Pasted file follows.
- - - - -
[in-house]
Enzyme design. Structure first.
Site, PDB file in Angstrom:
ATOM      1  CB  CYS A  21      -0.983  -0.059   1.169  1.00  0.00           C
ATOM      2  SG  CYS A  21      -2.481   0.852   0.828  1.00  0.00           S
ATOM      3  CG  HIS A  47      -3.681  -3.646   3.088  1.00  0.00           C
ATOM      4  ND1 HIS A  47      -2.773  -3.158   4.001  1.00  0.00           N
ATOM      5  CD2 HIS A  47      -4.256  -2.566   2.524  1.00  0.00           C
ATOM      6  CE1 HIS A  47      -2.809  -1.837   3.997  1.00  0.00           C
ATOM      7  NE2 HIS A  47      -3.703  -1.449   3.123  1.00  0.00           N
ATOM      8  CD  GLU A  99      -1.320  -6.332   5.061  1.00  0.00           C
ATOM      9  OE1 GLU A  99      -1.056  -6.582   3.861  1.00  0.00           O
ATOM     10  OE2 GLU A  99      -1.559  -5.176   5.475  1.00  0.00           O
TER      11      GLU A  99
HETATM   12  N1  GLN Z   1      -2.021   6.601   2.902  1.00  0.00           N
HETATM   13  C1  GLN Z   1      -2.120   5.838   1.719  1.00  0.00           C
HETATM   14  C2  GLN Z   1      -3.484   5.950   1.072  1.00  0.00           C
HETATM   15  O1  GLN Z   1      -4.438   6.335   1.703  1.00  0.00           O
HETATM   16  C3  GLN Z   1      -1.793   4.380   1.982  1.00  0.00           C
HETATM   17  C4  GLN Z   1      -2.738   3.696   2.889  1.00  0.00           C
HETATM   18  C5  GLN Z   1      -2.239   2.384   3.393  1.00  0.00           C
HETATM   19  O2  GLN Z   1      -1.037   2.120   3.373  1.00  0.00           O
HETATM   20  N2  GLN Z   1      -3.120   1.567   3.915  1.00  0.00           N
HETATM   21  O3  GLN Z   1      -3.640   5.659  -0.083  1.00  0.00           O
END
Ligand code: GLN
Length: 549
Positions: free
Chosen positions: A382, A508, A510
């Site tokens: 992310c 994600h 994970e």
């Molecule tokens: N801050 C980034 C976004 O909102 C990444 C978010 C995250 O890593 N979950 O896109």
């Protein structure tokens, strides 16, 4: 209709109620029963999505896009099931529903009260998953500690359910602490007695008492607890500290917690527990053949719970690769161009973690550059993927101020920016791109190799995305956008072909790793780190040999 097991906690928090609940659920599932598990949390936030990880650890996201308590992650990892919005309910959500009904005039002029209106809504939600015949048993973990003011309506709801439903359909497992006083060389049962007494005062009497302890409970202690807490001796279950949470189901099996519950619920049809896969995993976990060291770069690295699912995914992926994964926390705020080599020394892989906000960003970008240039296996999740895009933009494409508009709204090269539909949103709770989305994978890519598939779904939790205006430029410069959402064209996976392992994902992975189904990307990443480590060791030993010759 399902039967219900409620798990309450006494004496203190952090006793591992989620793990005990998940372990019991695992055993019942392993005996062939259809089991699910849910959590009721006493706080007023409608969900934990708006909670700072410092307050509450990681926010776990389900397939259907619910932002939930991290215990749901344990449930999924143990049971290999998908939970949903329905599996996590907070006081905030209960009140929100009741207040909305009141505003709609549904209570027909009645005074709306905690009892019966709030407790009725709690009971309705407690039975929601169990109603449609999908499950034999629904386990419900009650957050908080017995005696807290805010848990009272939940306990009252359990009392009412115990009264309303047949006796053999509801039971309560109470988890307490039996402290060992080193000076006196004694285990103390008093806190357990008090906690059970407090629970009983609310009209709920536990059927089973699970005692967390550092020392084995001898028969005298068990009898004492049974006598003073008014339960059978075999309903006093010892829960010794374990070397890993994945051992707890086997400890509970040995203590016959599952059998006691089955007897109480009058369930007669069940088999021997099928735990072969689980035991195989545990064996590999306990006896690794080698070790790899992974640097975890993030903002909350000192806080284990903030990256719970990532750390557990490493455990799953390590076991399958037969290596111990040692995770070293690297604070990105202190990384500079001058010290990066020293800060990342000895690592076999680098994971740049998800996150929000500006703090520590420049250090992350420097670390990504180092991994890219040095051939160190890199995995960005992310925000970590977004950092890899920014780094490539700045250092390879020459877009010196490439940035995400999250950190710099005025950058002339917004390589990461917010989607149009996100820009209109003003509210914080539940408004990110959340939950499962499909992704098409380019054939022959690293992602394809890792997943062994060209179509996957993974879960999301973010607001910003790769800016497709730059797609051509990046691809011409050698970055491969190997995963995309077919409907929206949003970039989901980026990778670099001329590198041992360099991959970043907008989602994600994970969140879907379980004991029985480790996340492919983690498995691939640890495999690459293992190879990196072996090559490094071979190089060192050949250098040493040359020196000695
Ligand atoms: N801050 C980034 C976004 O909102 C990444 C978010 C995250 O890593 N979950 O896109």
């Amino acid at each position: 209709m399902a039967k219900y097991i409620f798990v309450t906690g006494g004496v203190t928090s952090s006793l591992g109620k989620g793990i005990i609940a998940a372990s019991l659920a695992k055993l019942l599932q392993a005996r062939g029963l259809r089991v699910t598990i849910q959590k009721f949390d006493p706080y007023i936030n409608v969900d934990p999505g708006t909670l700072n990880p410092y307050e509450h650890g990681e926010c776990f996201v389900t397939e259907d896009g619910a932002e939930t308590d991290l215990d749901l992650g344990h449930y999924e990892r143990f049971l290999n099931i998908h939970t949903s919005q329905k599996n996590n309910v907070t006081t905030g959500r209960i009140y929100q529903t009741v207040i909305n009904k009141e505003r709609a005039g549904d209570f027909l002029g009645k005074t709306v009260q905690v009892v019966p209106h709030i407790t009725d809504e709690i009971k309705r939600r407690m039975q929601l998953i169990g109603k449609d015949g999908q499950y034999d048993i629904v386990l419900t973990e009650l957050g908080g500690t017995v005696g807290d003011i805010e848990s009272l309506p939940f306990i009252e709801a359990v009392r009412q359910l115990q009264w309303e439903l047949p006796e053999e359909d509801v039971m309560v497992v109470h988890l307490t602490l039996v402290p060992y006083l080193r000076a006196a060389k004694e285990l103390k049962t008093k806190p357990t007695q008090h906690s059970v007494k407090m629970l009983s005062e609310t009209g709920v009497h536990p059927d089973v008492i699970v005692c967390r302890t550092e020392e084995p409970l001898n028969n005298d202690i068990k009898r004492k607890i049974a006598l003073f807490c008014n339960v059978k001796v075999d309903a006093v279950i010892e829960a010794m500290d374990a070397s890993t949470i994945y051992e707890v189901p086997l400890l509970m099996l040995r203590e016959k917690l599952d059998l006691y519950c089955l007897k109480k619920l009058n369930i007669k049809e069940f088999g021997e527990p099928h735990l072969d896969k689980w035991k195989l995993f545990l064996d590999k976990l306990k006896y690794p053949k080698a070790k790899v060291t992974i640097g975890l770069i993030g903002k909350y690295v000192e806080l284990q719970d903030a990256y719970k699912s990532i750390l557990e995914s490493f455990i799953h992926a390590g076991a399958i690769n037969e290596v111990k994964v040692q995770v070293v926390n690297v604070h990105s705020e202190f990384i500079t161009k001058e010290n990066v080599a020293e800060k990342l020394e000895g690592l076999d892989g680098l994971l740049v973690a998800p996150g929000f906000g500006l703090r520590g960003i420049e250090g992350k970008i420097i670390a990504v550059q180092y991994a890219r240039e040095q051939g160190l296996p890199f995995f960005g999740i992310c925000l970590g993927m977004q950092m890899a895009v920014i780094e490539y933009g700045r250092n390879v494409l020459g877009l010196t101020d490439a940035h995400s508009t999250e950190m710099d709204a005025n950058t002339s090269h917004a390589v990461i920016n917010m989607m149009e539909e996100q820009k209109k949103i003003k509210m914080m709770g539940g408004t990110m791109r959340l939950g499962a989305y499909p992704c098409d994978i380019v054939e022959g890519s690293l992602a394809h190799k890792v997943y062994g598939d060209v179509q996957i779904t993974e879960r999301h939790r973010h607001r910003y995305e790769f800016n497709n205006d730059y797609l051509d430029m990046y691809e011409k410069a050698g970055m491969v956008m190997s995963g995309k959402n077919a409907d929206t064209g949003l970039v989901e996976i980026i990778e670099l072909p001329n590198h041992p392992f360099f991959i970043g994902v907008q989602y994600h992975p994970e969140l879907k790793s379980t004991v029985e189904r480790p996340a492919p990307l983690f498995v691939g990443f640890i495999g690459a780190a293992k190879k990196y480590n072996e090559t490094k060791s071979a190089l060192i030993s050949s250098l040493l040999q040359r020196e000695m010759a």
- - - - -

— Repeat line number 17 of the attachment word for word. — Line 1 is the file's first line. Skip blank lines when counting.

HETATM   14  C2  GLN Z   1      -3.484   5.950   1.072  1.00  0.00           C